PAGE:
Thai filmmakers Danny and Oxide Pang (identical twins) made an international splash a few years ago with their horror chiller The Eye. Blatantly inspired by The Sixth Sense's "I see dead people" theme, the movie may not have been terribly original but was clever, stylish, and genuinely scary, a real treat for horror fans. The success of that picture spawned a less-effective sequel, The Eye 2, which then led to a truly awful second sequel/comedy spoof The Eye 10. I don't know what they were thinking with that last one, but the Pang Brothers had nevertheless earned enough of a reputation to attract the attention of Hollywood. So now we have their American debut, The Messengers, a dull and shamelessly derivative PG-13 teen horror flick with almost nothing to distinguish itself from other recent entries in the genre.
The plot, such as it is, involves city folk Dylan McDermott and Penelope Ann Miller trying to make a go of the simple life out on the farm, Green Acres-style, much to the annoyance of sulky teenage daughter Kristen Stewart (Jodie Foster's kid in Panic Room). They've also got a little toddler who hasn't spoken since some mysterious incident in their pasts that no one wants to talk about. The spooky old farmhouse has enough creaky boards and icky cobwebs to give Norman Bates the willies, but Dad makes it very clear that this is their new life whether they like it or not. Little do they realize that the house's previous inhabitants are still skulking around behind the walls and in the basement. When the girl gets creeped out and eventually groped by demon hands from beyond the grave, no one believes her, because only Junior can see the ghosties and he's not telling. Around this time, a hairy drifter (John Corbett) shows up looking for work as a farmhand, which no one finds suspicious at all.
If you've ever seen another horror movie, any other horror movie, you've practically already seen The Messengers. The film makes almost no pretenses at all about cribbing from dozens of familiar genre landmarks. The little boy who sees dead people is obviously another Sixth Sense rip-off. The pale-faced ghost kid comes directly out of The Grudge. There's a reappearing water stain like the one in Dark Water, an invasion of evil crows excerpted from The Birds, and literally dozens of other obvious lifts from the likes of Carrie, The Shining, Poltergeist, The Exorcist, Nightmare on Elm Street, and many, many others. There's not a single original idea in the entire picture, and the script isn't clever enough to function as intentional homage. It's just a knock-off, and not a very interesting one.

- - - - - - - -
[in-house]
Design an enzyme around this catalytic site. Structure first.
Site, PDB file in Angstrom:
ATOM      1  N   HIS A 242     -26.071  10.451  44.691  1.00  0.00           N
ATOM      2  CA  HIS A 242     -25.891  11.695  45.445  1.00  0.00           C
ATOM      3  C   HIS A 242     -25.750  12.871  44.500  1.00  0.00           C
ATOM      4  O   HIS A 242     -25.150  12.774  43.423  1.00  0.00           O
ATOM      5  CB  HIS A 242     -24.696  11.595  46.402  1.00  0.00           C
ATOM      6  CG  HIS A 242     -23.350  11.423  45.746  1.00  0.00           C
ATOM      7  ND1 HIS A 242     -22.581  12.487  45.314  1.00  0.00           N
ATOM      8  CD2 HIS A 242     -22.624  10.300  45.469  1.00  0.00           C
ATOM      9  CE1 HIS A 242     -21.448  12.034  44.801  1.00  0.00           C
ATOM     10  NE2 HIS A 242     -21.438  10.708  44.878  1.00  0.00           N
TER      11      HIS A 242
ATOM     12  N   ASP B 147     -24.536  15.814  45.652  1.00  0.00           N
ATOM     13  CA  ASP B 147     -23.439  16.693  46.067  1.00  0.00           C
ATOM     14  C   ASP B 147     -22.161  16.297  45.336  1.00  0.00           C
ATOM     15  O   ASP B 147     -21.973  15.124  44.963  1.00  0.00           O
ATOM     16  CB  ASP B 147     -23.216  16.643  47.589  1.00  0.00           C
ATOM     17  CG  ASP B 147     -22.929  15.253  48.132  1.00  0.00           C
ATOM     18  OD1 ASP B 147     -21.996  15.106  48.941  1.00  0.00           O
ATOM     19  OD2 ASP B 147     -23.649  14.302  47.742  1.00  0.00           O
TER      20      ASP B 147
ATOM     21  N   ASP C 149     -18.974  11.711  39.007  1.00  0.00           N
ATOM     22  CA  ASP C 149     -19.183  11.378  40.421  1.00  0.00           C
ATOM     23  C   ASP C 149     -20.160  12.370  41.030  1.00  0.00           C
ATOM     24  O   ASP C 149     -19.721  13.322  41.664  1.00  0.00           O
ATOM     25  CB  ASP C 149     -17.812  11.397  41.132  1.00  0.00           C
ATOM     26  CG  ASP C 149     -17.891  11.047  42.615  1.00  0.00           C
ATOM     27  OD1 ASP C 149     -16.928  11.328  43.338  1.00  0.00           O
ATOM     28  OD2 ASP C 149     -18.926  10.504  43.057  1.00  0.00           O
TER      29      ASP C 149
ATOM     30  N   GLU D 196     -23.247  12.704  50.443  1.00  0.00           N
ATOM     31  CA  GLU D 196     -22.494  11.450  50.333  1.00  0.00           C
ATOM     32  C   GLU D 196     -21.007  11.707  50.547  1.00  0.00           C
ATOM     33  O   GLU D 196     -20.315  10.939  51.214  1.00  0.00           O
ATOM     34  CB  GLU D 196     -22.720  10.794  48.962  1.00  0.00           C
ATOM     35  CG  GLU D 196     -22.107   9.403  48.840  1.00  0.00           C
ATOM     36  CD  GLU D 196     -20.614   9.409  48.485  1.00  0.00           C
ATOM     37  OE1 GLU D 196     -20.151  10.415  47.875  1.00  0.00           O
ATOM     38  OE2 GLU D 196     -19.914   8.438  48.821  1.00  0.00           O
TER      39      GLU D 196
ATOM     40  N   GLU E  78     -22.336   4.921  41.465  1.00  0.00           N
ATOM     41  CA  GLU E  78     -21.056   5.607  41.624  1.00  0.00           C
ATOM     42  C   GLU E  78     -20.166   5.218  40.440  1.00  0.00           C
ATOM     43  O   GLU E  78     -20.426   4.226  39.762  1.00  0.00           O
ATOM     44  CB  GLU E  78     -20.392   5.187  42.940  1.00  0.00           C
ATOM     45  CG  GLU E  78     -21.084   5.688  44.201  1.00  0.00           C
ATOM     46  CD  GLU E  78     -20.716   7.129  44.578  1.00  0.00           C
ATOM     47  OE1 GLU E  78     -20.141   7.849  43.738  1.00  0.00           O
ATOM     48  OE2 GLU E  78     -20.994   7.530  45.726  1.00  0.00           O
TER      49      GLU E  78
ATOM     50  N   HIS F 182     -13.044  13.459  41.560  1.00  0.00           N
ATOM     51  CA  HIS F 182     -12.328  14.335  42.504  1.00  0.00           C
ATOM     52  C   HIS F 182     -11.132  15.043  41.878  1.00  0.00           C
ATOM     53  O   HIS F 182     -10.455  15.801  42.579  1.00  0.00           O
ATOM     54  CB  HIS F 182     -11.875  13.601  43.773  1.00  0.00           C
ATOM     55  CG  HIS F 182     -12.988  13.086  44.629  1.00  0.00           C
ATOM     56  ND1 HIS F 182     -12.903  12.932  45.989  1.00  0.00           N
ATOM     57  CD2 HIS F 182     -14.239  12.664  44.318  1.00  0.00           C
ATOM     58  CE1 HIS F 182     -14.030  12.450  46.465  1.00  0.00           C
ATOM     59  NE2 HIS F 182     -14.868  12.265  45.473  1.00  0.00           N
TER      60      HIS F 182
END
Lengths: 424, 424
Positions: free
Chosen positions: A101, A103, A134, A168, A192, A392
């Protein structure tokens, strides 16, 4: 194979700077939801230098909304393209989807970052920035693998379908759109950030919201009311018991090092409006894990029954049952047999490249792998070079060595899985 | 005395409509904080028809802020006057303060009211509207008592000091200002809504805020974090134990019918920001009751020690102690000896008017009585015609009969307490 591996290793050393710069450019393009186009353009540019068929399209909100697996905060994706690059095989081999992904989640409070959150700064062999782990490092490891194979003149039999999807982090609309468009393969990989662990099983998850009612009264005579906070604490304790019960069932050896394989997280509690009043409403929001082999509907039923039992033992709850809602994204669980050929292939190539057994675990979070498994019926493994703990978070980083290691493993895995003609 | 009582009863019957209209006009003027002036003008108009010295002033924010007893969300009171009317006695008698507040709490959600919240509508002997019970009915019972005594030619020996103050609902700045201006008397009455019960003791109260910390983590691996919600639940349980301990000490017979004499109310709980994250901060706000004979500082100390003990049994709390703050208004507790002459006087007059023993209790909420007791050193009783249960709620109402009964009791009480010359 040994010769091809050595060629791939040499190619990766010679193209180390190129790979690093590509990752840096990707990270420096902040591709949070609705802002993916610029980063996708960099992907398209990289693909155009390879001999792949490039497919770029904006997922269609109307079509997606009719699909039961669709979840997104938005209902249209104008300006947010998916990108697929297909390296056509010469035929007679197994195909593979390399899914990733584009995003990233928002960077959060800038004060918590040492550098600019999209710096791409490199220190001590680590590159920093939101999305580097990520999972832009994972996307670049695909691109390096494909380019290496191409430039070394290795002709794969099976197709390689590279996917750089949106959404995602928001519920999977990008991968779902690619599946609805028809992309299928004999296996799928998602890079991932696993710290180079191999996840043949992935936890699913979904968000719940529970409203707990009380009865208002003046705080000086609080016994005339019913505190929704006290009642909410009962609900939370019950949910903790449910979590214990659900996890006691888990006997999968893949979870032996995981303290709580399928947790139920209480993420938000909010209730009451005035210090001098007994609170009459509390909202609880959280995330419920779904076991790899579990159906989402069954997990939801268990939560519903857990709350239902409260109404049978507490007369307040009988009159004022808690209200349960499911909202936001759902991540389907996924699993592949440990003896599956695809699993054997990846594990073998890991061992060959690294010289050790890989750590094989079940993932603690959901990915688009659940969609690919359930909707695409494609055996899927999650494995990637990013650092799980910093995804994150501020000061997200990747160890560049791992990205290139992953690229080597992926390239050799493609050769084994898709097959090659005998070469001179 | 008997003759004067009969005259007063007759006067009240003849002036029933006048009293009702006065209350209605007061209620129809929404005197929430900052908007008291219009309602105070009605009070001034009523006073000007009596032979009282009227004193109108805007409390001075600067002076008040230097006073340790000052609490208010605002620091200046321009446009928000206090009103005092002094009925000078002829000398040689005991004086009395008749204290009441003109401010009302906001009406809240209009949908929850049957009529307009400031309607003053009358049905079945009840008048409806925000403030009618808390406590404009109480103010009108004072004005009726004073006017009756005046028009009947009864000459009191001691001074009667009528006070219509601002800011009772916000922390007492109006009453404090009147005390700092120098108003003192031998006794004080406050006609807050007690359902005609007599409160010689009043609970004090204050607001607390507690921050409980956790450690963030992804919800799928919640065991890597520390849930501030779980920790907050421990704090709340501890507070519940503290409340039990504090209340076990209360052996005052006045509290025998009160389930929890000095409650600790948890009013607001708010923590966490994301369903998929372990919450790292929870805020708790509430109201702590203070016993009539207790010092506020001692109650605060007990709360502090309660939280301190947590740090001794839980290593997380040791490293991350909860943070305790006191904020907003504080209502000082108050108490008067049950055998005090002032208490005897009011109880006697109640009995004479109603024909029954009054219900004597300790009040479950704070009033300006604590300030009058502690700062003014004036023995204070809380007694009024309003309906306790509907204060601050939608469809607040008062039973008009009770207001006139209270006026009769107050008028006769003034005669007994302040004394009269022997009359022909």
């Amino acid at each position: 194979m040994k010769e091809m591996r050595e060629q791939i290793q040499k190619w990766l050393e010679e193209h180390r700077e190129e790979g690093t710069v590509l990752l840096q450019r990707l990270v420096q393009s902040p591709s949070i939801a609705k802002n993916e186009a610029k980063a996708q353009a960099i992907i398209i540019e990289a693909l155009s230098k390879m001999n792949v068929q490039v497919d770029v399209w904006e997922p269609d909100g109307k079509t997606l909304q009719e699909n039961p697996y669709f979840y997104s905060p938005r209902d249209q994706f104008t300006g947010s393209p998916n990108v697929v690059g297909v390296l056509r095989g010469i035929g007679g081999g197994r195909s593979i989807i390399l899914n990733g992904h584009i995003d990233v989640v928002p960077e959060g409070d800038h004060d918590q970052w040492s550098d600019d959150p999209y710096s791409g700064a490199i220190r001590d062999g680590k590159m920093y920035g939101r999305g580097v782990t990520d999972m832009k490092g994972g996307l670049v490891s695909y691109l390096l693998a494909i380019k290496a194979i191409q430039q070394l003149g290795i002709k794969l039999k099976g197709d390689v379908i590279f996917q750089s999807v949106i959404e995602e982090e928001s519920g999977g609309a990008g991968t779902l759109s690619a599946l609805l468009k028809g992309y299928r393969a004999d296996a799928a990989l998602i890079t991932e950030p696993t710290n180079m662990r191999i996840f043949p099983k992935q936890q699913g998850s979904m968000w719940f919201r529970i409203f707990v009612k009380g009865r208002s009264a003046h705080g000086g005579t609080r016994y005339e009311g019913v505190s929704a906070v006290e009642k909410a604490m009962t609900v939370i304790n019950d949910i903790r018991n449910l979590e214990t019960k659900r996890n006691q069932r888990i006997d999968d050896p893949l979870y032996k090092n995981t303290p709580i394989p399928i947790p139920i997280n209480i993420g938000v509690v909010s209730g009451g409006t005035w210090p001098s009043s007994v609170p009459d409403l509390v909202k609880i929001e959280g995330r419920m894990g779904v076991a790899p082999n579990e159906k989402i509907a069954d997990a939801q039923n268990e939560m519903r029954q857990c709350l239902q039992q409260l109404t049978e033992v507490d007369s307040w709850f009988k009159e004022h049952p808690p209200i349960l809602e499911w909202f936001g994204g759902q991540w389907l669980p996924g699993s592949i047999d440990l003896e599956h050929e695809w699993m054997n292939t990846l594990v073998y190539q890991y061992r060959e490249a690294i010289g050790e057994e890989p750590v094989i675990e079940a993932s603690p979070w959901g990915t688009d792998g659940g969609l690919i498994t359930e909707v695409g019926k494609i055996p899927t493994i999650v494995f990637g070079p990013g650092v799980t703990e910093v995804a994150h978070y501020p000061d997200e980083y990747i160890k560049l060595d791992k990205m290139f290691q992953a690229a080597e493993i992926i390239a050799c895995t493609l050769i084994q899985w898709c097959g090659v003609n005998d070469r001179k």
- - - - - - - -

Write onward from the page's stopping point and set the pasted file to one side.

The Pangs have a nice visual style, and the contrast of the scary dark house on the bright and colorful sunflower farm makes for an arresting image. That's about as much credit as I'll give the movie. The Messengers is just another banal and predictable entry in the overcrowded teen schlock horror genre. It's too bad, because the directors once showed a lot of potential. We're just not getting it here. Maybe next time.
The Blu-ray Disc:
Bizarrely, the disc opens with a slow "loading" icon in the shape of a raven on screen, more like a video game than a Blu-ray movie. I'd never encountered that before. After this comes the typical Sony Blu-ray promo that can fortunately be skipped but is a nuisance. When you finally get to them, the disc's menus are frustratingly jerky and confusing to navigate, and the music played over them is obnoxiously loud.
Blu-ray discs are only playable in a compatible Blu-ray player. They will not function in a standard DVD player or in an HD DVD player. Please note that the star rating scales for video and audio are relative to other High Definition disc content, not to traditional DVD.
First and foremost, the razor sharp picture truly impresses with its incredible amount of detail. You can make out individual seeds on sunflowers in medium and wide shots. Dylan McDermott's facial stubble is visible in striking clarity, and skin pores on all the actors are excellently resolved. Black levels are also nice and inky, an important trait for a horror flick like this, lending a fine sense of depth. There are quite a few "wow" moments to be had throughout the movie.
Being a Sony disc, there's a touch of edge enhancement, but it rarely stands out. A couple of minor specks are present on the source elements, and color banding intrudes in a few places, notably the final shot as it fades to the credits. These are really minor complaints. What troubled me more were the oversaturated colors, which look excessively tweaked and digitally manipulated. Flesh tones are frequently a deep orange, and many other colors look unnatural. Maybe that was intentional (I didn't see the movie theatrically), but I found it distracting when it shouldn't have been. I'll also say that the movie felt very harsh and "digital", lacking the pleasing film-like textures found on many other High Definition discs.
The Messengers Blu-ray disc is not flagged with an Image Constraint Token and will play in full High Definition quality over a Blu-ray player's analog Component Video outputs.
In other respects, you get exactly what you'd expect. The track has creepy sound effects, a ton of bass, and plenty of aggressive surround activity. If you actually want to watch a movie like The Messengers, this is probably just the soundtrack you'd want out of it. Nonetheless, I found it poorly balanced and had to ride the volume control on my receiver during the entire movie.
Subs & Dubs: